Turkey: Police break up 'violence against women' protest in Istanbul
Riot police fired pepper gas to disperse demonstrators who gathered in Istanbul on Thursday to protest violence against women, some chanting "government resign," nearly five months after Turkey withdrew from an international treaty on the issue.
The group of several thousand mostly women marched to the city centre's Taksim Square, blocked off with barriers amid a heavy police presence.
The protesters chanted and held up banners, demanding urgent action against gender-based violence in Turkey, Reuters reported.
"We are not silent, not afraid, not obeying," chanted the demonstrators, urging President Recep Tayyip Erdogan to rejoin the treaty.
The protesters later wanted to walk to the main Istiklal Street and tried to cross police barricades but riot police fired pepper spray to disperse them.
The protest, held to mark the international day for the elimination of violence against women, coincided with other small anti-government protests this week over the sharp slide in the value of the lira currency.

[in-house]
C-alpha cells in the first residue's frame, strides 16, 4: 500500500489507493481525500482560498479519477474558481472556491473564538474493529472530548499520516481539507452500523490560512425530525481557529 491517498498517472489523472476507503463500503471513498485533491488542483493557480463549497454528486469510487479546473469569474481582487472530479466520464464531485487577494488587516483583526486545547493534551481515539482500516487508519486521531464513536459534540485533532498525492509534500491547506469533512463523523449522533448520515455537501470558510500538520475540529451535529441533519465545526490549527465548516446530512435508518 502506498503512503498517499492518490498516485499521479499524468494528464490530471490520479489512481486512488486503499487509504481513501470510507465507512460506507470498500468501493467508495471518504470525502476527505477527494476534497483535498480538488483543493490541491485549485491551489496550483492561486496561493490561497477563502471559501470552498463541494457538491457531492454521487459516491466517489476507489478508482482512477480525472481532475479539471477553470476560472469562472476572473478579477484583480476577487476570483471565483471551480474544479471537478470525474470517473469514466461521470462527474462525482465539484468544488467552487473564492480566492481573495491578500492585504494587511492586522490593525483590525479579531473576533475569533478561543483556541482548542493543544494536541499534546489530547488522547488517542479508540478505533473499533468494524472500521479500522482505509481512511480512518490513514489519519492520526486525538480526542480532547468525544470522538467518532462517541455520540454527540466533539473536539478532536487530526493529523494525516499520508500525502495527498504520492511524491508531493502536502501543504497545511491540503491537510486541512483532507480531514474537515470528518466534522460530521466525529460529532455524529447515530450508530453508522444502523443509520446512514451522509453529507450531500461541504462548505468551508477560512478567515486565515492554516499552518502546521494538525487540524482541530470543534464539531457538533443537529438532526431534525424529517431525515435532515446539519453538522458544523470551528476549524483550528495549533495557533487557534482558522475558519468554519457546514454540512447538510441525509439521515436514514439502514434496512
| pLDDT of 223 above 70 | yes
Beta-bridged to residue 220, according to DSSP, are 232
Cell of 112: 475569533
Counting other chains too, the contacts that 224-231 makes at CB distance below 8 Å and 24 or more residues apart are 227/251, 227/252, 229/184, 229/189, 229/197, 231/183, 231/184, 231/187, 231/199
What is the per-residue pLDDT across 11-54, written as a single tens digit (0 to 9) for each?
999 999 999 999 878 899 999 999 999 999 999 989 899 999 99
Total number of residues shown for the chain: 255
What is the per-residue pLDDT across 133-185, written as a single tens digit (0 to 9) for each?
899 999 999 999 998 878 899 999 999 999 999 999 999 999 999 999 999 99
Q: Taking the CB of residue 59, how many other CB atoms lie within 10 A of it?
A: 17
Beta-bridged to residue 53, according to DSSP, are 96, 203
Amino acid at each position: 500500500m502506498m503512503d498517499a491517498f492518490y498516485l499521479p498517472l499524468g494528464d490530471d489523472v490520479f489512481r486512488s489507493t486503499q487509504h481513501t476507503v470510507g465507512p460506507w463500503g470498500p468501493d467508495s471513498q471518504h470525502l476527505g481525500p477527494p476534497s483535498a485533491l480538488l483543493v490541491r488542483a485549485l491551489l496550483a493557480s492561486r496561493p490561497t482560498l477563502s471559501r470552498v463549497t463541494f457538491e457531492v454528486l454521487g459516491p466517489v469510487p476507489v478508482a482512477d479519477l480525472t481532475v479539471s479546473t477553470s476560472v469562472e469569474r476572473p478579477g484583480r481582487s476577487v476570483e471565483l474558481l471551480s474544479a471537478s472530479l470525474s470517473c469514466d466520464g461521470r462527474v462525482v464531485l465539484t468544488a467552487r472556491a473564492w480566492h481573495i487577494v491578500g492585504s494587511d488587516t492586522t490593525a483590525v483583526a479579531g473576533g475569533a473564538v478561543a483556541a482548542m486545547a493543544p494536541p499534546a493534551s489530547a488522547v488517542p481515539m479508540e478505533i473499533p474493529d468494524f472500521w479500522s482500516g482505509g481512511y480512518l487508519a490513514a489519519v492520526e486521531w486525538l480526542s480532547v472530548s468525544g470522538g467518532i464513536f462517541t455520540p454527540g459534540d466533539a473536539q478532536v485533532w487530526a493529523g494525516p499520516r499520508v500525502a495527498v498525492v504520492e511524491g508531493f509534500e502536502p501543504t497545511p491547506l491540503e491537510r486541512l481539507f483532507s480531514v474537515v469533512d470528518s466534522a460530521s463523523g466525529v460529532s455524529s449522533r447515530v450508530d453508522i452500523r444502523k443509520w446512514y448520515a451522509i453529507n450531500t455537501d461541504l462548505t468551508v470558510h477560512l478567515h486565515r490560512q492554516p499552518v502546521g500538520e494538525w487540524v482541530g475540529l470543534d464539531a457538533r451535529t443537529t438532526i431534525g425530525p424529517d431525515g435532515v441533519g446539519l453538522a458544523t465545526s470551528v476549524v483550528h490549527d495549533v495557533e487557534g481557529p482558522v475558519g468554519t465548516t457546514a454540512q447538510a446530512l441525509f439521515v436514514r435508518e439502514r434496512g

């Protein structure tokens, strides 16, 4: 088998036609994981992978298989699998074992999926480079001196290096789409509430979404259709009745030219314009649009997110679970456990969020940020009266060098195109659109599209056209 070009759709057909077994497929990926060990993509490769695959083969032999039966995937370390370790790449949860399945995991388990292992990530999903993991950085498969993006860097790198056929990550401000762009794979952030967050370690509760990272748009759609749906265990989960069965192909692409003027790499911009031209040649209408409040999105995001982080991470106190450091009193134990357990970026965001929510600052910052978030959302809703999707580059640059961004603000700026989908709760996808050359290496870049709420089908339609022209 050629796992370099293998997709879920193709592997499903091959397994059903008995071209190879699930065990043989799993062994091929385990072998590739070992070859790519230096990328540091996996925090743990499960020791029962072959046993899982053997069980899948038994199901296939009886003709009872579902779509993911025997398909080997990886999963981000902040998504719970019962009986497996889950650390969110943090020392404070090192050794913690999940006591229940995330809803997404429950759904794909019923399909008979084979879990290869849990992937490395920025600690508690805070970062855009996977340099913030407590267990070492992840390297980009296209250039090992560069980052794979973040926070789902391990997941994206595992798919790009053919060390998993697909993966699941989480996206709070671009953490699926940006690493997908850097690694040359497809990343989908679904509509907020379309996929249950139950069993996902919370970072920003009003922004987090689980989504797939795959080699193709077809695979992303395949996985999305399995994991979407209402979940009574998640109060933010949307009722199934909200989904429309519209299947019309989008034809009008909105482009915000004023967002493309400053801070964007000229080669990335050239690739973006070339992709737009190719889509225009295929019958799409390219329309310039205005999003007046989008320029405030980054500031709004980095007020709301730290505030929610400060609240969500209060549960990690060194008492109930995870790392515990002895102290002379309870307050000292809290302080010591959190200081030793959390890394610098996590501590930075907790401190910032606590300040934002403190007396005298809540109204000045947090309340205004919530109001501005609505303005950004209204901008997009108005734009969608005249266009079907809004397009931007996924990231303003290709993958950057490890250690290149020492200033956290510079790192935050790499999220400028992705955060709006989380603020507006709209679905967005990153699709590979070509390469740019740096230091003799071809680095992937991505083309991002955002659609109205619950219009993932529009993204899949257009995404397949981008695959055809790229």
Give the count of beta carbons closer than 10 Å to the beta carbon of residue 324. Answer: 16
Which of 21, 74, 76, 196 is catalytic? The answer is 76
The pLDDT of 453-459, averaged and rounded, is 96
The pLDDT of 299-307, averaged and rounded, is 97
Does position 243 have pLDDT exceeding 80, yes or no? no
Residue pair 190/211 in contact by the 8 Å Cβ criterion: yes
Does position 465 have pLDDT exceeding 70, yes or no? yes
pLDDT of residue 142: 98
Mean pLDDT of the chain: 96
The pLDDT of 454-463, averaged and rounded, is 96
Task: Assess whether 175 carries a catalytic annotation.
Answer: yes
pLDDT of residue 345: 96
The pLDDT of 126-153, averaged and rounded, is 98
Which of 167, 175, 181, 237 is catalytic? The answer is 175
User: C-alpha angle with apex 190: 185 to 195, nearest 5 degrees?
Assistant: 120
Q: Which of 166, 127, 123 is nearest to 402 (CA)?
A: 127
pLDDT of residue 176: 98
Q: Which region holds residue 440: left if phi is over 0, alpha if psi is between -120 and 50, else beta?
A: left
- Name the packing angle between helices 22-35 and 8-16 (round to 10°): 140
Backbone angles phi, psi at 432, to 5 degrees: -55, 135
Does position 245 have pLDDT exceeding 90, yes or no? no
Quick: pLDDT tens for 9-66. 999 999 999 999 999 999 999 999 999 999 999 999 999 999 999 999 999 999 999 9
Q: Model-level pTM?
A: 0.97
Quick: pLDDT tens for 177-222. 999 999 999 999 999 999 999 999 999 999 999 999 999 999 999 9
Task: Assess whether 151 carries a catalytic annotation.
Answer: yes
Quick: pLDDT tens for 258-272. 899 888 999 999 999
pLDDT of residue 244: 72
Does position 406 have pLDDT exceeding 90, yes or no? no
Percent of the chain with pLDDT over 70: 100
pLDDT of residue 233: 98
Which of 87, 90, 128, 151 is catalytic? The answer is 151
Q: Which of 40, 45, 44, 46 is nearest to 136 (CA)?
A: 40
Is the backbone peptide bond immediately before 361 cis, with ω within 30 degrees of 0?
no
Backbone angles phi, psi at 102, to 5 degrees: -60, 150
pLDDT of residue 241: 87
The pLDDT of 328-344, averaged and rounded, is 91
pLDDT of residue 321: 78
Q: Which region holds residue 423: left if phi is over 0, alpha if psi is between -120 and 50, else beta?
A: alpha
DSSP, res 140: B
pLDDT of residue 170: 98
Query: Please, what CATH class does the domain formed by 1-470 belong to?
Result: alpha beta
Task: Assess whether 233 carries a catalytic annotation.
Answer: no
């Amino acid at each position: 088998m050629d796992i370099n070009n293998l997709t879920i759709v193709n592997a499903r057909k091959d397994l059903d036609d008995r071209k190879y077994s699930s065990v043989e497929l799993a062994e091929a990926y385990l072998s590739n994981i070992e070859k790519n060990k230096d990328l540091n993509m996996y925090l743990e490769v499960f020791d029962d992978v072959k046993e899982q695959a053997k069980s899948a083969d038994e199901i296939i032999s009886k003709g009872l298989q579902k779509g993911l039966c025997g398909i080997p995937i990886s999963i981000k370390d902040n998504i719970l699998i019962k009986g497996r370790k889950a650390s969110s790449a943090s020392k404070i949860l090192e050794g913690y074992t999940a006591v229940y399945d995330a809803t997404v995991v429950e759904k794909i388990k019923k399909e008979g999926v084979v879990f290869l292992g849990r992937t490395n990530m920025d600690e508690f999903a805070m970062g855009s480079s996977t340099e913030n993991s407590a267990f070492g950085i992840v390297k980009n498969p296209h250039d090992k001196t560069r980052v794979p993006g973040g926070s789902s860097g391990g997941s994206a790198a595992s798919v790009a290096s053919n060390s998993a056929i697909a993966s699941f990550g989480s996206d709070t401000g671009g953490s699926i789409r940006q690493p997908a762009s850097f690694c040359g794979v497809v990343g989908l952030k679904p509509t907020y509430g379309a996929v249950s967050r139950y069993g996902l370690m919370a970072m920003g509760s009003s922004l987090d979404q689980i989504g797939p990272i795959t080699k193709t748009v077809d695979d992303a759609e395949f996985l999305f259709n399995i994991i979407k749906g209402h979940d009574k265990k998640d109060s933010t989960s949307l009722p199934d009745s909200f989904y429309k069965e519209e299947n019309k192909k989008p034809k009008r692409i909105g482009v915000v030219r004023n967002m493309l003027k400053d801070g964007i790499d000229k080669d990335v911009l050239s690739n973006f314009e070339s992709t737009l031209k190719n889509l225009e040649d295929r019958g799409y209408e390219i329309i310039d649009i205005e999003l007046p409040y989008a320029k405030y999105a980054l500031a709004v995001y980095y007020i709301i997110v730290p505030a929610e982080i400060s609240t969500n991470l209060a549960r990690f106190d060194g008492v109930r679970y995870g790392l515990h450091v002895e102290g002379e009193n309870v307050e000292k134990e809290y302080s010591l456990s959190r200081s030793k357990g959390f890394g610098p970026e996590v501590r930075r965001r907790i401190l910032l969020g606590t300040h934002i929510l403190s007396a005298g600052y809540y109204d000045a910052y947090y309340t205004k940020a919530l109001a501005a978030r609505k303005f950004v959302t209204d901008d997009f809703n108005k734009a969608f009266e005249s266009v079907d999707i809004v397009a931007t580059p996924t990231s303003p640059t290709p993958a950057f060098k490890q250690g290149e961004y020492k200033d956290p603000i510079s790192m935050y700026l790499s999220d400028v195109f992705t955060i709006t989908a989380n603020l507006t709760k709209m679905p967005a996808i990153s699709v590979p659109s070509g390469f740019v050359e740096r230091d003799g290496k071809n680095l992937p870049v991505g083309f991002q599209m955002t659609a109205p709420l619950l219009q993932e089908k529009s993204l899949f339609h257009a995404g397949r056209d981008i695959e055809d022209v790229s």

In July, Turkey formally withdrew from the international treaty to combat violence against women, known as the Istanbul Convention and negotiated in Turkey's biggest city in 2011, in a move strongly criticised by western allies.
Erdogan had announced the withdrawal in March, saying Turkey would use local laws to protect women's rights.
Conservatives within the president's ruling party argue the treaty's principles of gender equality undermine traditional family values and promote homosexuality.
A total of 345 women have been killed since the start of the year, according to the We Will Stop Femicide Platform. There were 410 women killed in 2020.
Women campaigners told AFP women feel more vulnerable and legally unprotected since Turkey withdrew from the convention.